“And this is something that you can read in other people’s recollections. If they remember nothing else, they remember the food!”

Paddock: “'Cotton wool bread' [laughs] – as opposed to the good Czech bread that we were used to.”

Given your dad was in the UK before you arrived, why did you stay with this British family, the Radcliffs?

Paddock: “He had a chronic lung condition, so he was in hospital when we arrived and was not allowed out. Eventually he was able to come and live in digs near to where we were.

“And that’s another interesting thing. We had no idea how people knew where we were and how they reconnected us.

“But he did come to live up north, in Ashton-under-Lyne, and we saw him. But he would not have been able to receive us from the train, or anything like that.

“The Radcliffs had already volunteered to take these two refugees. In fact they were going to just one and then they saw a picture of the two of us.

“I was very cute, you know – we’ll leave the rest to the imagination [laughs].

"And they lived in a two-up two-down, 72 Alexandra Street. They had a daughter, 16, who was of course then already working in the mill; it was a mill town. And in order to take the two of us Mary went to live with grandma down the street and the Radcliffs took us in.

“As I say to people, we had no sell-by date. I mean, they could have been stuck with us forever.

“And we were able to maintain that relationship throughout their lives. My parents became friends of theirs and we were just very, very fortunate.”

That’s a really beautiful story. What do you recall of the end of the war, when you would have been 15, I guess, Milena, and you were nine or 10, Eva?

Grenfell-Baines: “I’ll go back a little bit. First of all, I went to an English school for two years. And then the Czech government [in exile] opened a special school for some of the Czech refugees, so I spent the last three years in Czech school.

“The end of the war was declared while we were at school, and most of those kids were thinking, Oh great, we’ll go home.

“I do have stories from them. Some of them were literally flown back and sitting on the floor in the planes, getting out in Prague and going to the famous theatre opposite the Obecní dům [Municipal House], which was the clearing station where people all the notices were on the wall – people looking for people. And most of them found no-one.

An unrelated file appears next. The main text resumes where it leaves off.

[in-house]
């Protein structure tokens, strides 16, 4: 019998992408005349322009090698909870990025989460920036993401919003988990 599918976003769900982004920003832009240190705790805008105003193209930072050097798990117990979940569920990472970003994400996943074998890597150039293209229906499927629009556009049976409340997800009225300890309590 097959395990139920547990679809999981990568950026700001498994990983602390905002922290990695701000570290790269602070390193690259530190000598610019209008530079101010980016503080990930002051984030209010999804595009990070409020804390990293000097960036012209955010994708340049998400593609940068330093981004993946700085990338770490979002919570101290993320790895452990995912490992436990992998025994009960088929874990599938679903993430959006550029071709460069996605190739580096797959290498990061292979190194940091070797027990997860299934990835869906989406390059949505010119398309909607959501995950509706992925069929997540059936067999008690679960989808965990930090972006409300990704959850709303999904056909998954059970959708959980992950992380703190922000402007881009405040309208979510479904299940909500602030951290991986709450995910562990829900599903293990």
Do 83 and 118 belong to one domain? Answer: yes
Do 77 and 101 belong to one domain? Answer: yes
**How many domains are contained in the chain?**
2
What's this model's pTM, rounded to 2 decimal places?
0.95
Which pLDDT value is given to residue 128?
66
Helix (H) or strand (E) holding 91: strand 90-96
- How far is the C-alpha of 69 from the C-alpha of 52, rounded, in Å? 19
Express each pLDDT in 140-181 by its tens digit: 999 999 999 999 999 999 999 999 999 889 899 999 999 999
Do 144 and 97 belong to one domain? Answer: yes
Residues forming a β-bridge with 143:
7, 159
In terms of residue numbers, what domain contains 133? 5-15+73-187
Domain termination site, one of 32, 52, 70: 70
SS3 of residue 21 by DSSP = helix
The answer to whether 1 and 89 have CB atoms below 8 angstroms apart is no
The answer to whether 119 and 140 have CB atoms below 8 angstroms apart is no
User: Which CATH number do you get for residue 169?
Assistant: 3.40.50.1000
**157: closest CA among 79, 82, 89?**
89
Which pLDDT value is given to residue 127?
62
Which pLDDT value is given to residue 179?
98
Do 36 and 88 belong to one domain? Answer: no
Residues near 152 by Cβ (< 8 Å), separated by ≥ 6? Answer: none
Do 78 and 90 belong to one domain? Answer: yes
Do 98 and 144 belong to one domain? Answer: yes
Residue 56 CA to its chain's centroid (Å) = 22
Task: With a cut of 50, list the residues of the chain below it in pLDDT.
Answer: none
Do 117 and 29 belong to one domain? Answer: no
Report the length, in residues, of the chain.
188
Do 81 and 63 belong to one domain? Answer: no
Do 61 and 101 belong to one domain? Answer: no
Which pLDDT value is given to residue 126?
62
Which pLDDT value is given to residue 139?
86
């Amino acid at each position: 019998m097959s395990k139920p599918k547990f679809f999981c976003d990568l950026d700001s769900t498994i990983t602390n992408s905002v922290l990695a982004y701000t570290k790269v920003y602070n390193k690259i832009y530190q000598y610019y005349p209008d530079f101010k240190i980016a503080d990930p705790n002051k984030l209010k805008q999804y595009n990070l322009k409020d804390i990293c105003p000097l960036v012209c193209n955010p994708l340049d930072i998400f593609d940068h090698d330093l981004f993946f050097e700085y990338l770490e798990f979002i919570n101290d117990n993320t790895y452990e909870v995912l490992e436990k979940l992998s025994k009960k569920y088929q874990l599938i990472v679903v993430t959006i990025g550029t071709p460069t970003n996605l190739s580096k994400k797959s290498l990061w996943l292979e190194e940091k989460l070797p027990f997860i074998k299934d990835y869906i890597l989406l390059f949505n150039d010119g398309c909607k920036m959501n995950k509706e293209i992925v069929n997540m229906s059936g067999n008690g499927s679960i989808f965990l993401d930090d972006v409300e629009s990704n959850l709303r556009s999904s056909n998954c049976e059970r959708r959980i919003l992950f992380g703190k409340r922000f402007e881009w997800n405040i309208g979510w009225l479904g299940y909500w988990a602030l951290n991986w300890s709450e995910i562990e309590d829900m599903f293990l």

“I came back from school, where I had been sent by my parents. Eva had been at home. And I honestly don’t remember any special celebrations.

“Our parents decided to stay in England. Although Beneš had come back and the country was still free, there was already a socialist feeling. And when the Communists finally took over in ’48, that was why my parents decided to stay in England.

“I think if my father had had his way he would have loved to have come back, but I think my stepmother, who was Latvian originally, and had lived through the Russian Revolution, basically said, No – we’re going to stay in England.”

Paddock: “My father had already got a job with UNNRA, the United Nations relief organisation, and realised that the country had become communist.

“And what he said was, I don’t want to have to run twice. So they stayed in England and got citizenship and they thought Britain was just a wonderful country – which it was.”

How did these experiences, and knowing that essentially you were extremely lucky to have survived the Holocaust, shape your outlook later in life? Or did they?

Grenfell-Baines: “Well, we lived in the north of England and probably away from much of the political activity that was going on, perhaps around London, with some of the other refugees.

“I had gone to school, came home – and had to go to work. Because at that time the only support was from the Czech government and my father had got a job.

“And my mother, who was a doctor, had learnt enough English first to work as a volunteer and finally was admitted to work in a hospital.

“I became a children’s nursery nurse. And because our parents never spoke about the past we just got on with our lives.

“We had no sell-by date. They [foster family] could have been stuck with us forever.”

“I worked in a day nursery for three years and then I decided to get a job as an au pair in France, spent two years there, came home and met my future husband, got married and had children.

“We got on with our lives – and it really wasn’t until the Esther Rantzen show that things changed for us.”

Paddock: “I’ve been interested to learn who we, the escapees, the survivors, became. And most of us went into the helping professions, one way or another.

“Like Milena said, I also got married young and had a family and so on. It was only when we learned about Nicky that I began to think about and deal with the implications of that.